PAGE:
Fitness is an odd word.
It’s a question that is often answered by a look of confusion and a drawn out, “Errrmmmm….”
Then you ask them to define “Functional Fitness” and they seem to have an easier time. Easier that is as they at least have a shit load of marketing spiel and buzzwords they can drop here.
Now without pulling out the text books and dictionaries to get the modern definition of fitness, let’s have a think about what it could mean.
One of the greatest summations of fitness comes from the oft referenced Georges Hebert. Hebert is credited as the founder/inspiration of Parkour/Free Running and also the MovNat system. So he’s a pretty good influence.
Georges Hebert walked the talk
He broke fitness down as follows:
“The final goal of physical education is to make strong beings. In the purely physical sense, the Natural Method promotes the qualities of organic resistance, muscularity and speed, towards being able to walk, run, jump, move on all fours, to climb, to keep balance, to throw, lift, defend yourself and to swim.”
No mention of any specific exercises or tools, just attributes that ought to be developed.
And that to me is fitness.
It’s not about the kettlebell, the barbell, the TRX or the Bosu Ball. It’s not about the Squat, the Deadlift, the Bench Press. It’s not about the size of your “gunz” or the tightness of your “bunz”
It’s about being strong, mobile and enduring enough to tick all ten of his boxes.
Walking is the most fundamental of all Human movement, we practice it even before we are born and spend the first year of our lives with the sole goal of achieving bipedal locomotion.
Running, is the next step up from walking. We can jog with almost the same energy efficiency of a walk meaning we can cover serious miles. Not only that we can put in a fair turn of speed when we need to.
Moving on all fours, or crawling, is very much back in vogue with the rise of Movement type practice. But not only that being able to get low and utilise four points of contact to locomote with is exceptionally practical in rough terrain. And there are those that tell us crawling is a reset for our system. It certainly feels good in the hips, spine and shoulders.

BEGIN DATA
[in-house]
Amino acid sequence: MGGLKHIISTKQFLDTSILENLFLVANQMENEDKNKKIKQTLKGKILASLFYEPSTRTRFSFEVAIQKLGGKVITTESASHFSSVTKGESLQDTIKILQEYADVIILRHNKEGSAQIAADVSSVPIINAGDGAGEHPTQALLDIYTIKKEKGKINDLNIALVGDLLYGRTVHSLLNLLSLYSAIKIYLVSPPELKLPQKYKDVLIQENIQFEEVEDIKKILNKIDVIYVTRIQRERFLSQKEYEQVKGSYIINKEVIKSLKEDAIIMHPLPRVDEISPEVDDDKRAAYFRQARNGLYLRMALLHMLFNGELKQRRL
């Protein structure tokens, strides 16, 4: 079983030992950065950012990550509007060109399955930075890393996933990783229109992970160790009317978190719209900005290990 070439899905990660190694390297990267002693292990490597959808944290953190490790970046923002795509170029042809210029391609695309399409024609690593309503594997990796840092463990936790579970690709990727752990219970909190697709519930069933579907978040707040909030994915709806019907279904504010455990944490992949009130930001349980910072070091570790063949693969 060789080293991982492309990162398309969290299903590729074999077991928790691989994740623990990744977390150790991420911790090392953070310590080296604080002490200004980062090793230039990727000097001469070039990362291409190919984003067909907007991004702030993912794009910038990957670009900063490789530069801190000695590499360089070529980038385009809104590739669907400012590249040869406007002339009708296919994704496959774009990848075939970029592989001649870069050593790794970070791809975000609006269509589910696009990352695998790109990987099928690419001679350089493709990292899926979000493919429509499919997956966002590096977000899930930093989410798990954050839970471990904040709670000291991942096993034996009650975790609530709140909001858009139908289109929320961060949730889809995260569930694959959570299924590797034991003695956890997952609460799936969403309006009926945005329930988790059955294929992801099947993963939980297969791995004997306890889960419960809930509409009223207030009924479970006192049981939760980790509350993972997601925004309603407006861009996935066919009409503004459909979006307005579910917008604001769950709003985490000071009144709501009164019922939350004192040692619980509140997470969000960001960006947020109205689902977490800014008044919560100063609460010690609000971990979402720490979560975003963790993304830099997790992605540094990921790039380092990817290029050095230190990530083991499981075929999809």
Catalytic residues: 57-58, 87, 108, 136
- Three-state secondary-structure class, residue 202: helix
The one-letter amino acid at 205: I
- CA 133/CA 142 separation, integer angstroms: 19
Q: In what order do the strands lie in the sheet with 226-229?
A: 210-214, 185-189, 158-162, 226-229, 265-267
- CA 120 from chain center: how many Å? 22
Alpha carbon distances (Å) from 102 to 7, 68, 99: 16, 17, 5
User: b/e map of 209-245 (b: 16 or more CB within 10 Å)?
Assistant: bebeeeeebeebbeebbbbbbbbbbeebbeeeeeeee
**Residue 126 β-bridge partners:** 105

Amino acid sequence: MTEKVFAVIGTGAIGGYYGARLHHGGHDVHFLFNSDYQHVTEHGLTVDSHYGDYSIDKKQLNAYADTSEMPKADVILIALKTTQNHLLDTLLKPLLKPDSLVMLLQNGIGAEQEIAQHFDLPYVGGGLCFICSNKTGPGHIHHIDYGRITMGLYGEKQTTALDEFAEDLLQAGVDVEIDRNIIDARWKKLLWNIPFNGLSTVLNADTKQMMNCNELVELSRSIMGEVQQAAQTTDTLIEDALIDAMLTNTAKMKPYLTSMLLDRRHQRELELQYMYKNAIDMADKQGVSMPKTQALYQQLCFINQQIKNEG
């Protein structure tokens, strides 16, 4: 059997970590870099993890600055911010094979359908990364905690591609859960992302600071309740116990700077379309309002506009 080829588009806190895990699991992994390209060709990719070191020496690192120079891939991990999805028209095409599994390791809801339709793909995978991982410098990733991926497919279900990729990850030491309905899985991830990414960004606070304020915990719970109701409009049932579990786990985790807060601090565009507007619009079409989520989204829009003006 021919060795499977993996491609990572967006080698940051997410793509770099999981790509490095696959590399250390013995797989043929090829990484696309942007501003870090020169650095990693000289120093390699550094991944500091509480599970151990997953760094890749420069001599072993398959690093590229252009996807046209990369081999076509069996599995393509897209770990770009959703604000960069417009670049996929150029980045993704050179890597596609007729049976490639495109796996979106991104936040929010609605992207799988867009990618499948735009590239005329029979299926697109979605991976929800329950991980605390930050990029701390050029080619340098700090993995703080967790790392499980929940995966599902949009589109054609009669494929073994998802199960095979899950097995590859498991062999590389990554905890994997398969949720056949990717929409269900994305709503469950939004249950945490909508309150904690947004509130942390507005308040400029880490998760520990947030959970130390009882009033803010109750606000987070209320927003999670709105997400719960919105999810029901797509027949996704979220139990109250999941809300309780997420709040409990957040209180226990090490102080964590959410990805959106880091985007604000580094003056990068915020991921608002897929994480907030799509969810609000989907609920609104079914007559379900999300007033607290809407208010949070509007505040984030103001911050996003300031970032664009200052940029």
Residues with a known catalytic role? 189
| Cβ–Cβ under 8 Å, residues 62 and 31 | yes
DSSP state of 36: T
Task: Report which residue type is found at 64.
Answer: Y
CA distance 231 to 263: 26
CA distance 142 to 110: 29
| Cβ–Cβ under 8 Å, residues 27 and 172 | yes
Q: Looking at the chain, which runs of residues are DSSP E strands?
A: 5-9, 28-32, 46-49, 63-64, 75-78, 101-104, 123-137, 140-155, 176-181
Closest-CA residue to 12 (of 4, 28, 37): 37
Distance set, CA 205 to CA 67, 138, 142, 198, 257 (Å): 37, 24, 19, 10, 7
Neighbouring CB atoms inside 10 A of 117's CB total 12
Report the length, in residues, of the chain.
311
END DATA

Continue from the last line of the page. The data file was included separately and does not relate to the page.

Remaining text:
“The Daddy Bear is going to eat you!”
Climbing. Here’s an experiment, put a child next to some rocks or a tree stand back and watch. I’ll bet in no time at all there will be an outbreak of climbing. It’s like crawling but on a more vertical trajectory.
Throwing, both hands, forwards, backwards, whatever. It’s fun as well as an expression of full body explosive power.
Lift. Picking up heavy things. Obviously.
Swimming is a life skill as well as great exercise.
Defend. This is the one I was getting to. Up to this point Heberts fitness standards would be fairly common, most people run, walk and lift. Many Climb and Swim. And pretty much all of us would throw from time to time, even if that’s just the kettlebell ballistics. But defence. The ability to stand up for oneself and those that you care about. The ability to give and take a punch, to be courageous in the face of danger?
Mick Coup explaining the punch
The reason Heberts list speaks to me is that it was the element of Defence that got me into fitness and training in the first place. It’s 26 years now since I walked into St Martins Junior Karate club. 21 years since I added strength work to my Karate (defence), Running and cycling. 18 years since I added climbing. And even today my training still is still directed towards being effective in self defence scenario. It’s something I’ve spent time in as a professional, as a martial artist and more recently a coach.
This weekend I’ll be sharing genuine, tried and tested Self Defence information and training over tow days. There are a few spots left for late comers, details can be found HERE
See you on Saturday
Dave Hedges www.WG-Fit.com